Phoenix Rising Yoga Therapy: A Mind-Body Approach to Grief

phoenix rising yoga therapy

Keith arrived for his first session just 18 days after his partner of 36 years died suddenly. As soon as he walked through the door for his first private Phoenix Rising Yoga Therapy session, he began to sob. I guided him to find a comfortable position lying down on my soft, comfortable mat, and covered him with a blanket.

Usually when I first meet a client we spend some time discussing their health history and purpose for the session, but in this moment, none of that mattered. Keith curled up in a fetal position and continued to cry.

After receiving permission, I placed my hand on his back. We remained in this position for the better part of an hour. From time to time I would coach him to breathe mindfully as I “witnessed” his pain.

Afterward, Keith told me that he found this mindful presence comforting, and that even though there was only one second where he noticed his breath, it gave him hope that someday in the future he would be able to be present to his breath rather than his pain.

After many sessions and participation in the 8-week Yoga for Grief Group (now called Mindfulness & Grief), Keith reported that when waves of grief arose, “…instead of being a victim of the waves I can just focus on my breath. Then I can reflect on the tide pools and learn from them.” (Stang, 2014, p. 118-125).

A Flexible Therapeutic Technique

This is just one example of what Phoenix Rising Yoga Therapy for grief might look like. There are many sessions where I physically move and stretch my clients while we mindfully discuss whatever rises to the surface: thoughts, feelings, sensations, hopes, fears.

What I love about the Phoenix Rising Yoga Therapy approach to grief is that it allows me to meet my client wherever they are when they show up for a session: angry, hopeful, devastated, bitter. Just as no two of us experience grief the same way, no two sessions are exactly alike either.

Benefits of a Phoenix Rising Yoga Therapy Session for Grief

Grief impacts us on the physical, emotional, cognitive, behavioral, social, and spiritual levels. Phoenix Rising Yoga Therapy can help reduce physical and emotional suffering with guided breath awareness and supportive yoga postures. Behavioral, social and spiritual concerns may be addressed during the client-centered dialogue based on the work of Carl Rogers.

As Keith demonstrated, this “therapy on the mat” gives bereaved clients the opportunity to use their breath and body as anchors to the present moment. This practice can be especially helpful when our emotions feel out of control, or when we ruminate about the past or worry about the future.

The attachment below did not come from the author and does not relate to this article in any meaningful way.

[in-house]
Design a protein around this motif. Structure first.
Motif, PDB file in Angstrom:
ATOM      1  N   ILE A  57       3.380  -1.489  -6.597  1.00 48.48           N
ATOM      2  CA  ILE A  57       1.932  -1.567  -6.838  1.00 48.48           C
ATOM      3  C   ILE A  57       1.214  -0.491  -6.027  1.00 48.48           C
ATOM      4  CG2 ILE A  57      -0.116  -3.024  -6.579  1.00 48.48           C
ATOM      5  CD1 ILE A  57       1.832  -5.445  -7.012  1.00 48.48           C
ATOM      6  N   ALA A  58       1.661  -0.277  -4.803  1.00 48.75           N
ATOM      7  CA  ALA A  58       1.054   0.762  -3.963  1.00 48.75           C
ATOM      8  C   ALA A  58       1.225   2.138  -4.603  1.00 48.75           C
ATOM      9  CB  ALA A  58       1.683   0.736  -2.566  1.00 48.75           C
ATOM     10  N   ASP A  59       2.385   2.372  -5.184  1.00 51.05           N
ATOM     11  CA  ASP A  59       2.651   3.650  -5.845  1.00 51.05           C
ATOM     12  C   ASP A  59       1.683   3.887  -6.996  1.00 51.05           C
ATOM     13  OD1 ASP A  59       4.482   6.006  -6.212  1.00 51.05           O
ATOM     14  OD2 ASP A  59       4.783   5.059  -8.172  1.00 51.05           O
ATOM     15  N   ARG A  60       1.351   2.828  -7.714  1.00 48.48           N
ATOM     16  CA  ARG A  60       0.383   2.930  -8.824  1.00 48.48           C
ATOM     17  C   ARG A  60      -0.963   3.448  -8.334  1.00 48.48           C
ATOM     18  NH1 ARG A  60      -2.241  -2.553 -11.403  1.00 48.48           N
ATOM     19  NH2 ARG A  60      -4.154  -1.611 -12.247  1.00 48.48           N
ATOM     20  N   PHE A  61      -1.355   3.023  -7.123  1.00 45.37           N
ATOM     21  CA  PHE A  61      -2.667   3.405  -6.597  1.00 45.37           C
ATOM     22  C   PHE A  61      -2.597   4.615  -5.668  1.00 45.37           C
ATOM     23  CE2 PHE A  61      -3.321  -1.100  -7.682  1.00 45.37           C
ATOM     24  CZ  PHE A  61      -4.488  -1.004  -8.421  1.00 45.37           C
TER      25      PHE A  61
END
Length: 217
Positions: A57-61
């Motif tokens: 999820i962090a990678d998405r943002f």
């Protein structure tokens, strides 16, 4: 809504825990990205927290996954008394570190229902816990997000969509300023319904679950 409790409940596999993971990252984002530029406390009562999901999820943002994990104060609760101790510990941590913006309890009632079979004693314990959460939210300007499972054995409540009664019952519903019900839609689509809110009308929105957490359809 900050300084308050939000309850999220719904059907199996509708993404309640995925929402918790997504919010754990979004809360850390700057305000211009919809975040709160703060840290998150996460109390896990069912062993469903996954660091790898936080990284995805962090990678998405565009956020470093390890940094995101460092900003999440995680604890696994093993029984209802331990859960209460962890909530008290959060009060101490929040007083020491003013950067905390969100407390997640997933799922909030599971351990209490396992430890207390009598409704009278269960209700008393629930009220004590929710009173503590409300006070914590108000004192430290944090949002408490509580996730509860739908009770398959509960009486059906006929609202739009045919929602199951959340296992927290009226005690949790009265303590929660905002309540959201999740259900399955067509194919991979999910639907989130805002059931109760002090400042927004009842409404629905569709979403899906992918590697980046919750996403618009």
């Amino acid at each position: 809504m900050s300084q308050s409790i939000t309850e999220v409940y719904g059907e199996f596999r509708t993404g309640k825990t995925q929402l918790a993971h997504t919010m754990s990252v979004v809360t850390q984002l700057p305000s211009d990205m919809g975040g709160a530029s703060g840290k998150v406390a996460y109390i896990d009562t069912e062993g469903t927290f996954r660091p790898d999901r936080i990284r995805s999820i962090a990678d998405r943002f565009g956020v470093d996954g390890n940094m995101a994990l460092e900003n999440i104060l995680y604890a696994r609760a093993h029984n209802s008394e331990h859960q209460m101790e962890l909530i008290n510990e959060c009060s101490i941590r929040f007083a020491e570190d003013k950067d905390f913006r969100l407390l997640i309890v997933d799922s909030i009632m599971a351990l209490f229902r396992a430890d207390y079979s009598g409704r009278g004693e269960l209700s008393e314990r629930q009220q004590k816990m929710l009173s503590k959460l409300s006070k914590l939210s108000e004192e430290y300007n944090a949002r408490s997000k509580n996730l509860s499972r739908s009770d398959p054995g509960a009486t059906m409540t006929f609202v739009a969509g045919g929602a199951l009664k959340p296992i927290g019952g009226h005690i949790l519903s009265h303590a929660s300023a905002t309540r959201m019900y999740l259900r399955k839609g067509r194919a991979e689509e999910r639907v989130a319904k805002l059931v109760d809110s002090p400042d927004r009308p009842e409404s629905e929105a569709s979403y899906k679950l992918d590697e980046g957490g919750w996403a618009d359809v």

I find that many people experience relief in just one session, including:

  • Repetitive thoughts and worries slow down or cease altogether.
  • Pain and tension in the body commonly associated with the stress of grief will be reduced or completely released.
  • A deeper connection to the body’s wisdom and more frequent awareness of “gut feelings.”
  • A sense of being more connected to one’s higher self, source, or essential true nature.
  • Sensations in the body as a metaphor – or barometer – for how life manifests “off the mat.”
  • Deeper compassion for self and others.

A Natural Way To Process Grief & Loss

Grief is natural, but it is also one of life’s greatest stress reactions. Left unchecked, this stress can add suffering to suffering. In addition to getting the right amount of sleep and eating a healthy, balanced diet, Phoenix Rising Yoga Therapy can help with all aspects of loss.

To experience Phoenix Rising Yoga Therapy for Grief, find a certified Phoenix Rising Yoga Therapy practitioner in your area.

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Heather Stang

Mindfulness Author & Trainer at Mindfulness & Grief
Heather Stang, M.A. is the author ofMindfulness & Grief and the Frederick Meditation Center founder. She holds a Masters degree in Thanatology (Death, Dying, and Bereavement) from Hood College in Maryland, and is a certified Phoenix Rising Yoga Therapy practitioner. She has led mindfulness-based grief workshops for organizations such as the National Fallen Firefighters Association and Hospice of Frederick County, and is a member of the Association of Death Education and Counseling. Heather’s mission is to help people who are grieving to stay healthy and benefit from the transformative experience of grief, using mindfulness-based practices, relaxation, and expressive arts. She has an established practice offering Phoenix Rising Yoga Therapy sessions, day-long retreats, and 8 Week Yoga for Grief groups. She is based in Maryland. You can find her on Google +.
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